British Columbia

COVID-19 claims 3 more lives in B.C., as 267 new cases confirmed over the weekend

Three more people have died, as B.C. recorded another 267 cases of COVID-19 over the weekend, B.C. Provincial Health Officer Dr. Bonnie Henry announced Monday.

There are currently 1,302 active cases of infection

Dr. Bonnie Henry says 3 more people died in B.C. over the weekend. (Mike McArthur/CBC)

Three more people have died, as B.C. recorded another 267 cases of COVID-19 over the weekend, B.C. Provincial Health Officer Dr. Bonnie Henry announced Monday.

That brings the provincial death toll to 233.

The numbers cover a three-day reporting period since Friday, with 68 cases recorded between Friday and Saturday, 125 cases between Saturday and Sunday, and 74 cases between Sunday and Monday.

There have been 8,908 cases of coronavirus across the province since the pandemic began. Currently, there are 1,302 active cases of infection.

Right now, public health officials are actively monitoring 3,372 people who have had close contact with the virus.

Vancouver Coastal Health has announced a possible exposure at Abruzzo Cappuccino Bar on Commercial Drive in Vancouver. It occurred Sept. 23-26 between 1-3 p.m. Anyone who visited the shop during these times is asked to monitor for symptoms. All possible exposures are listed online and are considered low risk.

Henry says one of the deaths occurred on Vancouver Island, where a man in his 50s-60s with underlying conditions passed away at home. She says the man wasn't identified as having COVID-19 until after his death.

"Very disturbing and tragic for his family," she said.

Main transmission currently through gatherings

Henry says contact tracing has shown that there have been transmission events through gatherings where people are socializing such as weddings, funerals and parties.

"The best thing we can do is — all of us — is to take a step back from our social interactions," said Dr. Henry, as she reminded British Columbians to travel less and connect with others virtually.

We can stand together, she said, by staying apart.

She acknowledged it can be difficult to say no to friends but added that we need to encourage and support people to do the right thing.

B.C. provincial health officer Dr. Bonnie Henry provides an update on B.C.'s latest COVID-19 numbers. (MIke McArthur/CBC)

Henry also announced new outbreaks in three health-care facilities. Holy Residence in Vancouver, Thornebridge Gardens in New Westminster and Harrison at Elm Village in Surrey have all reported outbreaks.

The provincial health officer reported one new community outbreak at the Calvary Chapel Church in Kelowna, where five cases have been confirmed. There are now 16 active outbreaks across the province.

Holidays during a pandemic

With October just around the corner, many people are wondering how their Thanksgiving and Halloween holidays are going to look.

While Thanksgiving is an important time for families and loved ones to connect, Henry says it needs to be done in a responsible and safe way.

"Now is not the time to have the family gathering," she said. "Now is the time to have your small, local, nuclear family together."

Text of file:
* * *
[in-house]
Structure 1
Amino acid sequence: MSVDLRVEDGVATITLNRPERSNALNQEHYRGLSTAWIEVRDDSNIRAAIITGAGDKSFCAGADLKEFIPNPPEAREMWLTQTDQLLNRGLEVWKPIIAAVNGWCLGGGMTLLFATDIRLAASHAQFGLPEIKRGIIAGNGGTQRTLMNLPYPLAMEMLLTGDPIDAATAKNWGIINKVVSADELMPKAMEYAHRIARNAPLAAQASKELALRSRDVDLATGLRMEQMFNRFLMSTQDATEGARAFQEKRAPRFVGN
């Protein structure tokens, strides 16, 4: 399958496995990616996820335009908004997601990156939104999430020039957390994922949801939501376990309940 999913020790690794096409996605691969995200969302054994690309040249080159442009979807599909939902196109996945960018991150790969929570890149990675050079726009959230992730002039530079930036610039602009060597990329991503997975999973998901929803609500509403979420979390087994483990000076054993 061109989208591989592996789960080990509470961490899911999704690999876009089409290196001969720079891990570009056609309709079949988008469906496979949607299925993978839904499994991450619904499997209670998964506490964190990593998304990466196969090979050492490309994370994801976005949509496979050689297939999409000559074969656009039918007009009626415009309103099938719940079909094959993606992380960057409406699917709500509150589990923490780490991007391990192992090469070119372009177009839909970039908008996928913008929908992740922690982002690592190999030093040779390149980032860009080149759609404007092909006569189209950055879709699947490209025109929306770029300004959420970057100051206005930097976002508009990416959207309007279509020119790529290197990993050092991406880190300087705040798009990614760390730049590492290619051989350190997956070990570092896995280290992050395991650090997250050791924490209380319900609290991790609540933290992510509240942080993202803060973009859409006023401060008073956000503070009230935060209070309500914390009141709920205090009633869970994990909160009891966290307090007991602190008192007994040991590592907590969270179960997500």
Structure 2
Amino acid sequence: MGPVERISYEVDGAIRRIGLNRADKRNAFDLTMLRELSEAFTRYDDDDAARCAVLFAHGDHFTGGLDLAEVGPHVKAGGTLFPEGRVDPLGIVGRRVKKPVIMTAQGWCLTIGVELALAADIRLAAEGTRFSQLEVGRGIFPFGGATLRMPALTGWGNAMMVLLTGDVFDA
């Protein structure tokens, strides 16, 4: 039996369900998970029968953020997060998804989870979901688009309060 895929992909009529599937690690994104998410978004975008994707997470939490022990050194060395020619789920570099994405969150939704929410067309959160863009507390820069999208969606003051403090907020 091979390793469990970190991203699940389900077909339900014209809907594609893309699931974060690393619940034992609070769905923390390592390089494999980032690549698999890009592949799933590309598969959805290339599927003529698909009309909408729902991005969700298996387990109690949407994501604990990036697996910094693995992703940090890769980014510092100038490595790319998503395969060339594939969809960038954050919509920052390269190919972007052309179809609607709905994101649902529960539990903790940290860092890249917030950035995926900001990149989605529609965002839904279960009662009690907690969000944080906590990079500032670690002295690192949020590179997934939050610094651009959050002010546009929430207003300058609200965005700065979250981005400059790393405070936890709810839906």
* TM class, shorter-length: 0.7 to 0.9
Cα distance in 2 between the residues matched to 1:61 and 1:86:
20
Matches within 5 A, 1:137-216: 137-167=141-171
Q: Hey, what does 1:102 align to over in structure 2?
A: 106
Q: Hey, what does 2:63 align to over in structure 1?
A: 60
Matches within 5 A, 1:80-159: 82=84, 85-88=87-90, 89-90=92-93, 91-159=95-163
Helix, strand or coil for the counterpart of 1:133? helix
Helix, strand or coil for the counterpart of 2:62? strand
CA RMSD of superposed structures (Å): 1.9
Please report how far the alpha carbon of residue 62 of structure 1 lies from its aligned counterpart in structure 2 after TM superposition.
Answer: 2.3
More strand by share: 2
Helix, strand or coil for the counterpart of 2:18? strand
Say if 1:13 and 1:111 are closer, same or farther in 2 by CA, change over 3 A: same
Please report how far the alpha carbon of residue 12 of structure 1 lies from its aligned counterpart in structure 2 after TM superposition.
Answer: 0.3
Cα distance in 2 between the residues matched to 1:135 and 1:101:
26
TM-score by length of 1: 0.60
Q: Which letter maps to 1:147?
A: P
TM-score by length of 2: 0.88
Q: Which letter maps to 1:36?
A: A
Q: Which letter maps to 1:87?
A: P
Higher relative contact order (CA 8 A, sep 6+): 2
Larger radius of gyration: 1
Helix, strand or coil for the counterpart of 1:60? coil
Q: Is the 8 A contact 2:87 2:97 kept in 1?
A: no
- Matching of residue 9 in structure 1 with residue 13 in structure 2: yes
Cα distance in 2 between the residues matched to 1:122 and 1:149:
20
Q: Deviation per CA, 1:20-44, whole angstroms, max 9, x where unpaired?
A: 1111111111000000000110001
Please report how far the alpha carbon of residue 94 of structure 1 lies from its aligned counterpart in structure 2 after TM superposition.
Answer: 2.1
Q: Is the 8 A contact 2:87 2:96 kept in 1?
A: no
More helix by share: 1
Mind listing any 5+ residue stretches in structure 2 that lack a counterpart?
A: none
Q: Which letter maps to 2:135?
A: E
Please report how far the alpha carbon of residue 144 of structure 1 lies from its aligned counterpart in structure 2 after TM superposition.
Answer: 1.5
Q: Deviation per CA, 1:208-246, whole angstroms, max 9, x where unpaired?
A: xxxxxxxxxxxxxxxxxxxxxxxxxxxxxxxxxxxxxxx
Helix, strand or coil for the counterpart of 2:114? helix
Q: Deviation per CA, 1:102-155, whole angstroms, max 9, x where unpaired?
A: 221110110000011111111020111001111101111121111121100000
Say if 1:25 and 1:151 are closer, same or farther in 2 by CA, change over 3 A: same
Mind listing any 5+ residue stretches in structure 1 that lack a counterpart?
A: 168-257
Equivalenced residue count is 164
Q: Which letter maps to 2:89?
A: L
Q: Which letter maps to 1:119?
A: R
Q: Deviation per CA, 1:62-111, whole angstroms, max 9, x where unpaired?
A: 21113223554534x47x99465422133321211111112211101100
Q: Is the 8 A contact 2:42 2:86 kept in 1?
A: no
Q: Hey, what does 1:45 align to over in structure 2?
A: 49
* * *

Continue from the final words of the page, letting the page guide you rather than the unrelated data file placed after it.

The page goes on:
Watch | Dr. Bonnie Henry advises against family get-togthers this Thanksgiving:

B.C.'s provincial health officer says we can give thanks through virtual gatherings. 1:09

Transmissions can take off, she said, when we have close gatherings with people outside our bubble.

She says this year, we can give thanks in a way that keeps everybody safe.

As for Halloween, Henry says it's not the time to have those big parties where people are gathering, whether that's inside a house or while trick-or-treating.

She says her team will release specific guidelines later this week that will include tips like staying outside, having goodies pre-packaged in single servings and not having children sing for their candy.

Henry says masks are also encouraged.

Positive test rate under 2% since Sept. 23

Positive cases in schools

With students back in class, there have been new cases reported in schools. Henry says all school exposures — where someone who has tested positive was in the school environment during their infectious period — are posted online. 

She also pointed out exposure events are not the same as outbreaks and just because there may have been an exposure event in a school, doesn't mean your child has necessarily been exposed to the virus. If that happens, she says parents will be notified by public health over the phone.

A school exposure occurs when a single person confirmed to have COVID-19 attends school during their infectious period, according to Fraser Health. An outbreak is when COVID-19 is confirmed in multiple people and transmission is likely widespread within the school.

COVID-19 around Canada

In Eastern Canada, cases are hitting new highs. Ontario reported an additional 700 cases on Monday, the most in a single day since the outbreak began in late January. 

Montreal and Quebec City were put under the highest COVID-19 alert level Monday, bringing new restrictions aimed at curbing the spread of the coronavirus. Quebec reported 750 new cases on Monday.

Worldwide, the virus is on the verge of crossing a grim milestone, with the death toll now nearly at one million.

Corrections

  • A previous version of this story incorrectly said a COVID-19 school outbreak is when there is at least one identified positive case within the school. In fact, an outbreak is when COVID-19 is confirmed in multiple people and transmission is likely widespread within the school.
    Sep 28, 2020 9:58 PM PT

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